Rare earths opportunity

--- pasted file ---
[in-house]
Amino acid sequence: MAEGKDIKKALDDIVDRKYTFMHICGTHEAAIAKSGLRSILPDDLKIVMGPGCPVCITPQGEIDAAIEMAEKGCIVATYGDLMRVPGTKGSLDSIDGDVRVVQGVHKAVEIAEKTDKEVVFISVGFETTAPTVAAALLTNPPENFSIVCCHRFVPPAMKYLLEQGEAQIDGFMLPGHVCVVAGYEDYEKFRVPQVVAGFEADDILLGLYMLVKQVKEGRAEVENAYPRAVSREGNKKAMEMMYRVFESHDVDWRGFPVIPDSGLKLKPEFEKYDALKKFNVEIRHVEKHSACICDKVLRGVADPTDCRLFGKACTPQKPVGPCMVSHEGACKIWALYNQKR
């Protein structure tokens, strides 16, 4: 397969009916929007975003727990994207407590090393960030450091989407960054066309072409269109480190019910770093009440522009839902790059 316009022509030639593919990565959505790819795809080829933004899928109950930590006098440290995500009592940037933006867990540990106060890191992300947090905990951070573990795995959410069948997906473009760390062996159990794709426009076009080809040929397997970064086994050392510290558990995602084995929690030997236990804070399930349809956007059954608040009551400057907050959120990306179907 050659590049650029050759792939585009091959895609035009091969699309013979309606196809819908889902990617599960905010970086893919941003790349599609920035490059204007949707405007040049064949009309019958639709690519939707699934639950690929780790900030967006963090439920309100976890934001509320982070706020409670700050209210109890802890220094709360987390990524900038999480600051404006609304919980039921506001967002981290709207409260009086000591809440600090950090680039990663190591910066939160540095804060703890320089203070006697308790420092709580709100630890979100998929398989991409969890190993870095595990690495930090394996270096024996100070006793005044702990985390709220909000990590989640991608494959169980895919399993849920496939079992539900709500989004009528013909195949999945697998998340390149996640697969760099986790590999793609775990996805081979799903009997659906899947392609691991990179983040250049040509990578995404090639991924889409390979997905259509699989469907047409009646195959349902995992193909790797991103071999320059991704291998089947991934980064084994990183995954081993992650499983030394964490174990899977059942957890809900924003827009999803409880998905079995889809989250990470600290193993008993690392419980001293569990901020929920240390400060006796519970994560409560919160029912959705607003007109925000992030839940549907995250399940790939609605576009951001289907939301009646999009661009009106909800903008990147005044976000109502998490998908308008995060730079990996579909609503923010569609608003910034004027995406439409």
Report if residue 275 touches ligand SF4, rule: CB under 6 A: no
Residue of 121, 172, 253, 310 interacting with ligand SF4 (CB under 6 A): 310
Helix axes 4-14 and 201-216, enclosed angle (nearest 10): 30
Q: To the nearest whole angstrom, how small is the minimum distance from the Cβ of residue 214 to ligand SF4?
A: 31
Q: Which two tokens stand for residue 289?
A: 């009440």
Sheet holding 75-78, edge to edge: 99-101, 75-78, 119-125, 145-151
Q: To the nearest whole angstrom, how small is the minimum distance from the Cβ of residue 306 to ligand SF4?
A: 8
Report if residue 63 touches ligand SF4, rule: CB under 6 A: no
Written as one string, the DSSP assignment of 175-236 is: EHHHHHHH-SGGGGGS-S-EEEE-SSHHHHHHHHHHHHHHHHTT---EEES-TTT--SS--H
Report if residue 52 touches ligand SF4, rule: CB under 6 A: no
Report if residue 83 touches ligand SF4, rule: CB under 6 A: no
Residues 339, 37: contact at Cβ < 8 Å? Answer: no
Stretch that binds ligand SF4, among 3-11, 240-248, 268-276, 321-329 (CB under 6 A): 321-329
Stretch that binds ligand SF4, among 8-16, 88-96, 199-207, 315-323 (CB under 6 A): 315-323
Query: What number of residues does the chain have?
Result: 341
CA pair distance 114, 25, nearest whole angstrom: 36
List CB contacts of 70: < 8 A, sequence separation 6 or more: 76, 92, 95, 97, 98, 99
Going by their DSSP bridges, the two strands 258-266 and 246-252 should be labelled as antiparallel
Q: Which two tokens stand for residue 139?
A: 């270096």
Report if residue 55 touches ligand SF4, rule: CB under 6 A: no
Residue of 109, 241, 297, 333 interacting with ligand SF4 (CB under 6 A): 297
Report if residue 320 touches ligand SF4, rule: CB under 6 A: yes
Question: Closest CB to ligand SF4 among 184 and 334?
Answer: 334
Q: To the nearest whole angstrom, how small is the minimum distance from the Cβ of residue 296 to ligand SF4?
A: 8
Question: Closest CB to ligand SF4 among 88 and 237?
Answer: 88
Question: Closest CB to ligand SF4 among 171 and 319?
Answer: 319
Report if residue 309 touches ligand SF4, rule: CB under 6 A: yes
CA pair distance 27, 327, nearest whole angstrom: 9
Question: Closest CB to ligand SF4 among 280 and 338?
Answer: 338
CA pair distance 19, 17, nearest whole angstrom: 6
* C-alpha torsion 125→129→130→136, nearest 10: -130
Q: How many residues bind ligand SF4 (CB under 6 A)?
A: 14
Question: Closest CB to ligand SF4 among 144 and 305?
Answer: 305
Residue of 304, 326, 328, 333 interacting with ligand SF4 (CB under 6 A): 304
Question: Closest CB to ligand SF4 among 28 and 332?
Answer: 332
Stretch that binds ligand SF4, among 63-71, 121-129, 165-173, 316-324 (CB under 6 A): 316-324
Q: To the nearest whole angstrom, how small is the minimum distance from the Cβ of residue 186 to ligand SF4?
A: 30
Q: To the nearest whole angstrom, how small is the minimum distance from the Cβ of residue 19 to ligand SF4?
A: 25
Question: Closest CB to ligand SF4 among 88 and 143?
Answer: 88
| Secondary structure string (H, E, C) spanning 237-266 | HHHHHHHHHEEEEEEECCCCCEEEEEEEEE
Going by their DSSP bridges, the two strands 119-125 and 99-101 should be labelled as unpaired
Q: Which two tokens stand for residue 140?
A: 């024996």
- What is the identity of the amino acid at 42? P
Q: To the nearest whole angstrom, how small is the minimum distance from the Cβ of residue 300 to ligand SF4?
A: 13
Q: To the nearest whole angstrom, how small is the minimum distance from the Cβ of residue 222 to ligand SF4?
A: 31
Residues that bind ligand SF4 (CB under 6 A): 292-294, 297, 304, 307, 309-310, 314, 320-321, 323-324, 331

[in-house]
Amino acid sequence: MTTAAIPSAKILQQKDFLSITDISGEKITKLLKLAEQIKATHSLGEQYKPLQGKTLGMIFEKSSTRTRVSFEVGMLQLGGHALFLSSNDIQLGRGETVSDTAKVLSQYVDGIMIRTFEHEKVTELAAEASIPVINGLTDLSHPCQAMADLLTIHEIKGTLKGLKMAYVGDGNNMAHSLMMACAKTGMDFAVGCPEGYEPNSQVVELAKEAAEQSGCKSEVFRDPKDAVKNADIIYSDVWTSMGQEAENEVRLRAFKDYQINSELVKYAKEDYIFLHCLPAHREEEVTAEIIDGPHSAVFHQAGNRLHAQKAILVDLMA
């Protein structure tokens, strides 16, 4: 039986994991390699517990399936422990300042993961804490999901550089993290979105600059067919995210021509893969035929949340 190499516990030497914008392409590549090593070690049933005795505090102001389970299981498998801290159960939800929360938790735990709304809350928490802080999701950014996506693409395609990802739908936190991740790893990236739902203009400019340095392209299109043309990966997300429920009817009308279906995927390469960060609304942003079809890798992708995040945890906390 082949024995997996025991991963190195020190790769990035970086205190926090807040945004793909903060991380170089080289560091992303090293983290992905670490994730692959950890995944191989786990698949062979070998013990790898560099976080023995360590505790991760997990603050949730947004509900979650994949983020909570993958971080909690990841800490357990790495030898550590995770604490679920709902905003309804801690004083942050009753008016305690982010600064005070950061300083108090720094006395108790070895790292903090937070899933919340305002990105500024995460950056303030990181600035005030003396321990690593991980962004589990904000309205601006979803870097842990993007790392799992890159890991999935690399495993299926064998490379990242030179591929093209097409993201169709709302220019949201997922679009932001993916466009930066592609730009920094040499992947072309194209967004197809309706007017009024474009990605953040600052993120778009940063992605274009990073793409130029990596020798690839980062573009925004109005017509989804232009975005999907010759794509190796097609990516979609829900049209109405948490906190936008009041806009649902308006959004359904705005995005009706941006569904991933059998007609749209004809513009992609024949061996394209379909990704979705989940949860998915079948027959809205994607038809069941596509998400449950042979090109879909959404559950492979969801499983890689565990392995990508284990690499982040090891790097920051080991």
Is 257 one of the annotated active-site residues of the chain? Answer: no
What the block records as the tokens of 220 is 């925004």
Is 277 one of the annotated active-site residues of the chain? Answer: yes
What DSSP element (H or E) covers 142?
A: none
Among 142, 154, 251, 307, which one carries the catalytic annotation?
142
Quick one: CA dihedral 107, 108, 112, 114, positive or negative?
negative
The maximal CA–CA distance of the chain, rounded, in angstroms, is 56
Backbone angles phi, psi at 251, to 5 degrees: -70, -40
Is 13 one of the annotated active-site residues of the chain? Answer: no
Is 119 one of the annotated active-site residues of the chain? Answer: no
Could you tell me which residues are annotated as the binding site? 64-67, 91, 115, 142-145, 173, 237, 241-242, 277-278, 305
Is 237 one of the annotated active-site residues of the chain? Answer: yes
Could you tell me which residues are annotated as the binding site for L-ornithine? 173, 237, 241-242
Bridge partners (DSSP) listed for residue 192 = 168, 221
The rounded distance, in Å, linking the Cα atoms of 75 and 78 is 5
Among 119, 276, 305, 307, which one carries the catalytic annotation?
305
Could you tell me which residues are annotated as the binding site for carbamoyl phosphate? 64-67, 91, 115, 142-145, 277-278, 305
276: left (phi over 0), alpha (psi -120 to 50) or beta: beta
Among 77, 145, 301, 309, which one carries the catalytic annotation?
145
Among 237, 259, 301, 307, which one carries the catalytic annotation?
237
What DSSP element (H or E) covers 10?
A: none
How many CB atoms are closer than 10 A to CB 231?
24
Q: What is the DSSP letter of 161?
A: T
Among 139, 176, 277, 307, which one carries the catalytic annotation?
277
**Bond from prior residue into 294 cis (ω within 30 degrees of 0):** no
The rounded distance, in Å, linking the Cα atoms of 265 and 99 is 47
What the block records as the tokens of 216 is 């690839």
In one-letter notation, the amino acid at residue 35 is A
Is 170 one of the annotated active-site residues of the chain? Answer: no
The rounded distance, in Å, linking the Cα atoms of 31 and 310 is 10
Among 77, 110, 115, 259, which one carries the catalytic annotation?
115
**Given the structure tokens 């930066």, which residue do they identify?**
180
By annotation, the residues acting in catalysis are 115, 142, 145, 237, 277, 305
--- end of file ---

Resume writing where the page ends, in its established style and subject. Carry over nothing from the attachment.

first_imgLynas Corp reports that the Foreign Trade Department of China’s Ministry of Commerce, Industrial Product Export Division, has released 15,043 t of approved rare earths export quota for the first half of 2009. This is a reduction of 34% compared to the first six months’ quota for last year. Historically the second tranche is of similar or lower quantity compared to the initial tranche. Therefore the total 2009 quota is expected to be less than 30,000 t as China continues to protect its mineral resource exports. This represents a 25% decrease in total quota tonnage compared to the annualised 2008 figure. Rare earths (also known as lanthanides) export quotas were introduced by the Chinese government in 2003 to limit the export of China’s strategic resource. The tonnage of quota has been decreasing each year. In 2006, the volume dropped to 48,000 t, and in 2007 it declined to 43,574 t. Halfway through last year, the Chinese government adjusted the release dates of export quota by two months to January and July every year. The initial 2008 tranche was 22,780 t and the second was 11,376 t, however this second tranche covered four months to the end of December. Therefore the total of 34,156 t released in 2008 was for a 10-month period, which equated to an annual volume of 40,987 t.The consistent regulatory constraints of rare earths supply from China, which supplies 95% of the world’s rare earths, has now led to a significant supply shortfall outside of China. Lynas Corp’s Executive Chairman, Nicholas Curtis, believes that the reduction of the export quota will increase the opportunities for non-Chinese projects.“The tightening supply regulations provide additional opportunity for Lynas to meet the supply deficit outside of China. Lynas owns the richest deposit of rare earths outside of China at Mount Weld in Western Australia and the company is progressing well with mine and plant construction to be in a position to commence supply by the end of 2009”, Curtis says.Mount Weld is near Laverton in Western Australia and this deposit underpins Lynas’ strategy “to create a reliable, fully integrated source of rare earths supply from the mine through to customers in the global rare earths industry. With the first mining campaign complete and all environmental approvals in place, Lynas has commenced construction of the concentration plant at Mount Weld, as well as an advanced materials plant to process the Mount Weld concentrate through to final rare earths carbonates and oxides in the Gebeng Industrial Estate, Kuantan, Pahang, Malaysia. The construction of these plans is progressing well and first production is scheduled in the fourth quarter of 2009.‘Rare earths’ is the term given to 15 metallic elements known as the lanthanide series, plus yttrium. They play a key role in green environmental products, from energy efficient compact fluorescent light bulbs (CFLs) to hybrid cars, automotive catalytic converters and wind turbine generators. They are also essential in the development and manufacturing of many modern technological products, from hard disc drives to flat panel displays, iPods and magnetic resonance imaging (MRI) scans.last_img

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